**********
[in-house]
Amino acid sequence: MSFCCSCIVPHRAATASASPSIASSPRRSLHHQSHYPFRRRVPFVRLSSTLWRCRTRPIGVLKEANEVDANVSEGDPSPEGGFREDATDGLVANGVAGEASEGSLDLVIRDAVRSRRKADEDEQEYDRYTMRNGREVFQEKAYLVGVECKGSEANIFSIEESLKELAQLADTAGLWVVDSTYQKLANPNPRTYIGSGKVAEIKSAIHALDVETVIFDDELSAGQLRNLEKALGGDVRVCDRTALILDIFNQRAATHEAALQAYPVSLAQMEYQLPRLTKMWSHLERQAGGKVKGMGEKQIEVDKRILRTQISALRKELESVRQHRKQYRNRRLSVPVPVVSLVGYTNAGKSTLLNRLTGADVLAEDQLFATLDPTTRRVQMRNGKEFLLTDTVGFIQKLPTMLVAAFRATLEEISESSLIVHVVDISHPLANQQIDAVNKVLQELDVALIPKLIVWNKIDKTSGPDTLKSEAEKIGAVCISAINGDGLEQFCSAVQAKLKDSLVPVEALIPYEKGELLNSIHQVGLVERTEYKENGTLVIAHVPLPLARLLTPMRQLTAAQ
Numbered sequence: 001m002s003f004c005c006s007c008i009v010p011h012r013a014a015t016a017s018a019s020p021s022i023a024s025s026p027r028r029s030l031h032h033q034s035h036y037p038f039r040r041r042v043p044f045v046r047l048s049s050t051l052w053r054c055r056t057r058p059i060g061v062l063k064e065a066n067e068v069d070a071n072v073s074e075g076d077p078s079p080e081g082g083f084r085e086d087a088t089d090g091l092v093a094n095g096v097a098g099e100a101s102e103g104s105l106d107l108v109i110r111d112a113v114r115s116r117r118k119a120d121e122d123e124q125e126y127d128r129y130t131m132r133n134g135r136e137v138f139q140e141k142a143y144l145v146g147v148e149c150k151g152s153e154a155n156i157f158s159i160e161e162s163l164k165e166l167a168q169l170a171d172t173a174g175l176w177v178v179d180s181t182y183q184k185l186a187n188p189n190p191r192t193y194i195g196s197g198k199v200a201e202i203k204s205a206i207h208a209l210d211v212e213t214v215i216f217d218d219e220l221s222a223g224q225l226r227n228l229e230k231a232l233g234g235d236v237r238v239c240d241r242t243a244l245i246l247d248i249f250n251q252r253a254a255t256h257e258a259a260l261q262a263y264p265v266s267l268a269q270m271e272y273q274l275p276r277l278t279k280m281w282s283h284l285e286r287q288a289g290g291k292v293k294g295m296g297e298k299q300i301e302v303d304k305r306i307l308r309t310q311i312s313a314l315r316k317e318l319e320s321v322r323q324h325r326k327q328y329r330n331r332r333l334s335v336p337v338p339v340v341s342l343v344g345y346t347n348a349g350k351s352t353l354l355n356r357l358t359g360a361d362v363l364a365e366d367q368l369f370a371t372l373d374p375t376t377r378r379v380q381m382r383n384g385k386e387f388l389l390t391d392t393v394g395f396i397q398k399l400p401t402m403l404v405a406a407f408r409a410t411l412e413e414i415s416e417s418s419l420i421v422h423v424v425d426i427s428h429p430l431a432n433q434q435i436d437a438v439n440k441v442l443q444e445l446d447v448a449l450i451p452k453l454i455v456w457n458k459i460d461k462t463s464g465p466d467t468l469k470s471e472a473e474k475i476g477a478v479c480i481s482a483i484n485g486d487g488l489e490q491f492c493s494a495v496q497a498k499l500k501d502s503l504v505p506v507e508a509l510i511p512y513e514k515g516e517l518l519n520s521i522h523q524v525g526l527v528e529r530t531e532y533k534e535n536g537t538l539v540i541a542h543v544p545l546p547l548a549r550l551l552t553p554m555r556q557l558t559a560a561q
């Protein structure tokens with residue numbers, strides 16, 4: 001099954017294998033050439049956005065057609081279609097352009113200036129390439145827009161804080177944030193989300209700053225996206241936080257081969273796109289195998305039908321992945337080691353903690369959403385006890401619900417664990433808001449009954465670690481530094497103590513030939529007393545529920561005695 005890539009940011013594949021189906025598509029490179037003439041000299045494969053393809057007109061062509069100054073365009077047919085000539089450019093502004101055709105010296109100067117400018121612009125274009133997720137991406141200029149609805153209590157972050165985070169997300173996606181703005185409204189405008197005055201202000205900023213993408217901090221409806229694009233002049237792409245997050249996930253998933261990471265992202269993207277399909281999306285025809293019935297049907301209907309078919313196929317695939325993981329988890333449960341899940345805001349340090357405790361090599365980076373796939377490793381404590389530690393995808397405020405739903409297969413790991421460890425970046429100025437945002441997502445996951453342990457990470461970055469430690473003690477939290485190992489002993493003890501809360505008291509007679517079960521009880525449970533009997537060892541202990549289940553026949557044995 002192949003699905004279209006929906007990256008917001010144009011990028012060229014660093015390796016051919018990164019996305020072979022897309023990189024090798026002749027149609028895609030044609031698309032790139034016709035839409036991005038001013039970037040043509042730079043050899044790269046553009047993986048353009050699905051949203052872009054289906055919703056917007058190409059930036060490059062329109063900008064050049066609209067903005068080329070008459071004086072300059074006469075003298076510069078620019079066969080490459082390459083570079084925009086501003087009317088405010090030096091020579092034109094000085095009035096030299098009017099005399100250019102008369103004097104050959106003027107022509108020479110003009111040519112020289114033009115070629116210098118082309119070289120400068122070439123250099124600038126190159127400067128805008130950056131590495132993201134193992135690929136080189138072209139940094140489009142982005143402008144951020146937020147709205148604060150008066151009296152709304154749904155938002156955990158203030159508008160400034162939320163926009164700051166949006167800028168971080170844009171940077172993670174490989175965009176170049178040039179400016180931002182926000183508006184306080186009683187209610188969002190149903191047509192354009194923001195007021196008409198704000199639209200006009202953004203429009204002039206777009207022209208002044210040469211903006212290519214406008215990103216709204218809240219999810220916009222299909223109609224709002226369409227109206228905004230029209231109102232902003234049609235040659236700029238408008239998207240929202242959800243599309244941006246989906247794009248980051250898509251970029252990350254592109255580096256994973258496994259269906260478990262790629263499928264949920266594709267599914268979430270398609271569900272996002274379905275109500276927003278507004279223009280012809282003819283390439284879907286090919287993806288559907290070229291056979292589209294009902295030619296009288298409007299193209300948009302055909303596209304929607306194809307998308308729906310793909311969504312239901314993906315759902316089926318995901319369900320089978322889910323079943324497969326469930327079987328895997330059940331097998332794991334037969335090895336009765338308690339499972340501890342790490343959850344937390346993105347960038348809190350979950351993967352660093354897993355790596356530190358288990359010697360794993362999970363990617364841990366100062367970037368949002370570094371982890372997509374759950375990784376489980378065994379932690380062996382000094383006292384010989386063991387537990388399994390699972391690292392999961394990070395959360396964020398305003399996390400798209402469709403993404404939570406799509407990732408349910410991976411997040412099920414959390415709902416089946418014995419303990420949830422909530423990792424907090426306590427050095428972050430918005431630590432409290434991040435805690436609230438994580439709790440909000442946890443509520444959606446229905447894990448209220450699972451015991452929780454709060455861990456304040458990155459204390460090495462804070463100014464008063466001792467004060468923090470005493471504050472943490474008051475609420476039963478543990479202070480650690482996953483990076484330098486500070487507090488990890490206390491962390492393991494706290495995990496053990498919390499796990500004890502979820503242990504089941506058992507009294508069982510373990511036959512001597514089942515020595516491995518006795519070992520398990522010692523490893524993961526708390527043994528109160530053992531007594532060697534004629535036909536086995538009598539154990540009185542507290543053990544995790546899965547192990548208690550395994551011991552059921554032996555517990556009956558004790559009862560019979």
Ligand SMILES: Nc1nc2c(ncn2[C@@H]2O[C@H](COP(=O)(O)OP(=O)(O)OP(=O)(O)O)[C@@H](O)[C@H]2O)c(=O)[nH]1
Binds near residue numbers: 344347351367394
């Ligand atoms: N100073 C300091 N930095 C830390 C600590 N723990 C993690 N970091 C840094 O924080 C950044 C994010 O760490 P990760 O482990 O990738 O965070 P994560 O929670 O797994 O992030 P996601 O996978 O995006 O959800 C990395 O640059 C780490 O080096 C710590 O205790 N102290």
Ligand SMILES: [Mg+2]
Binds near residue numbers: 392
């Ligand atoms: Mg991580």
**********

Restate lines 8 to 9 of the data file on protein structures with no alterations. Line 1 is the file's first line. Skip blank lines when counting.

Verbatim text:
Ligand SMILES: [Mg+2]
Binds near residue numbers: 392